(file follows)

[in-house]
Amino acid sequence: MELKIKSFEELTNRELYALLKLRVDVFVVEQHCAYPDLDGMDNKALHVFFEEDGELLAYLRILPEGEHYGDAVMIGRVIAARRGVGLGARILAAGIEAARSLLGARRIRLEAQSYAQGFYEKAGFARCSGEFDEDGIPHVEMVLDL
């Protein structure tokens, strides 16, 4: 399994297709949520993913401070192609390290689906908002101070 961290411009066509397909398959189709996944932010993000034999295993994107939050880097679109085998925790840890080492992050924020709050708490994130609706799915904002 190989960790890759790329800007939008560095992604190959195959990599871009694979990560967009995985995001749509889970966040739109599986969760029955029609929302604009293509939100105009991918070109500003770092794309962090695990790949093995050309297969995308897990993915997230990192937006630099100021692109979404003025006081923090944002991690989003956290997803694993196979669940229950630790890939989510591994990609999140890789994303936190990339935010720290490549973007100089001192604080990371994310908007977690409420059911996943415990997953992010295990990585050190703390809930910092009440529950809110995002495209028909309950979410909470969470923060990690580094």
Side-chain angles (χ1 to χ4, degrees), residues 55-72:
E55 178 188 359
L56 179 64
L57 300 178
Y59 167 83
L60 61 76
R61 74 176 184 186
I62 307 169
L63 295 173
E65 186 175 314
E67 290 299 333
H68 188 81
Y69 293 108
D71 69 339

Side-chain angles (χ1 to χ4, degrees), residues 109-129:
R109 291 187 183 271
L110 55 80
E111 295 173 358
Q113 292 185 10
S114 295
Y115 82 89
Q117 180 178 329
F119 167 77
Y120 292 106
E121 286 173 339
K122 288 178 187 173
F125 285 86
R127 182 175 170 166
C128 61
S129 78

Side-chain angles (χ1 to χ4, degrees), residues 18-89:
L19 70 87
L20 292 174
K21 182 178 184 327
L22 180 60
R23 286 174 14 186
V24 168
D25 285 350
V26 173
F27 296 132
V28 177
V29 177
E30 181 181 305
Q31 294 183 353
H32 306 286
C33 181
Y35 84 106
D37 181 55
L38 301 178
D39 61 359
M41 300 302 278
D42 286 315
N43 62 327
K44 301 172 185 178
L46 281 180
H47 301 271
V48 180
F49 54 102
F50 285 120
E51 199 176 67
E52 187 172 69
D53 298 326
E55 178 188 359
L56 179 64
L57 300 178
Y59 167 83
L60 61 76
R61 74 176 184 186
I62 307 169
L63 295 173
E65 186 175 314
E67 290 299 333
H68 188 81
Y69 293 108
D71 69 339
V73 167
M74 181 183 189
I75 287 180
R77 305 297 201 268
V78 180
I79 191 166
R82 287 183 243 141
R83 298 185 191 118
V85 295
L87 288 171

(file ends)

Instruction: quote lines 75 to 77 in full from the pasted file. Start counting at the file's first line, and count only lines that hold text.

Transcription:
E67 290 299 333
H68 188 81
Y69 293 108